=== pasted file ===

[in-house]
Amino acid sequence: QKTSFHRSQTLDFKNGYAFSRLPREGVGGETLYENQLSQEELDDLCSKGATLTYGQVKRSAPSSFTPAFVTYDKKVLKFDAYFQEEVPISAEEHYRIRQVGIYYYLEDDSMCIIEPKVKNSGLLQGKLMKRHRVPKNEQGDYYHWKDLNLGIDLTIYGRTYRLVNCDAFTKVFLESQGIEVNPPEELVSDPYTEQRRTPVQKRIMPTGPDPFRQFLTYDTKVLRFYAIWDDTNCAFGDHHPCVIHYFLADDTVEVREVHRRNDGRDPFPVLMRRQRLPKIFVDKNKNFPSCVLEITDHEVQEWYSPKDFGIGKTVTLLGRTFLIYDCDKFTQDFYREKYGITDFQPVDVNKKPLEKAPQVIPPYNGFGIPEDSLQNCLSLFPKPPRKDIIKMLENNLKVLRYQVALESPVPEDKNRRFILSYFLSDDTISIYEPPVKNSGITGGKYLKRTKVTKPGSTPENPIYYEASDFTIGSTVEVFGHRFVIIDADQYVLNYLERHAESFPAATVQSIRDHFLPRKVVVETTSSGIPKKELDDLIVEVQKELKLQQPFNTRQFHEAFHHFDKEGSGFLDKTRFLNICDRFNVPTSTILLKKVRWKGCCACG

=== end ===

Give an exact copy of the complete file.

[in-house]
Amino acid sequence: QKTSFHRSQTLDFKNGYAFSRLPREGVGGETLYENQLSQEELDDLCSKGATLTYGQVKRSAPSSFTPAFVTYDKKVLKFDAYFQEEVPISAEEHYRIRQVGIYYYLEDDSMCIIEPKVKNSGLLQGKLMKRHRVPKNEQGDYYHWKDLNLGIDLTIYGRTYRLVNCDAFTKVFLESQGIEVNPPEELVSDPYTEQRRTPVQKRIMPTGPDPFRQFLTYDTKVLRFYAIWDDTNCAFGDHHPCVIHYFLADDTVEVREVHRRNDGRDPFPVLMRRQRLPKIFVDKNKNFPSCVLEITDHEVQEWYSPKDFGIGKTVTLLGRTFLIYDCDKFTQDFYREKYGITDFQPVDVNKKPLEKAPQVIPPYNGFGIPEDSLQNCLSLFPKPPRKDIIKMLENNLKVLRYQVALESPVPEDKNRRFILSYFLSDDTISIYEPPVKNSGITGGKYLKRTKVTKPGSTPENPIYYEASDFTIGSTVEVFGHRFVIIDADQYVLNYLERHAESFPAATVQSIRDHFLPRKVVVETTSSGIPKKELDDLIVEVQKELKLQQPFNTRQFHEAFHHFDKEGSGFLDKTRFLNICDRFNVPTSTILLKKVRWKGCCACG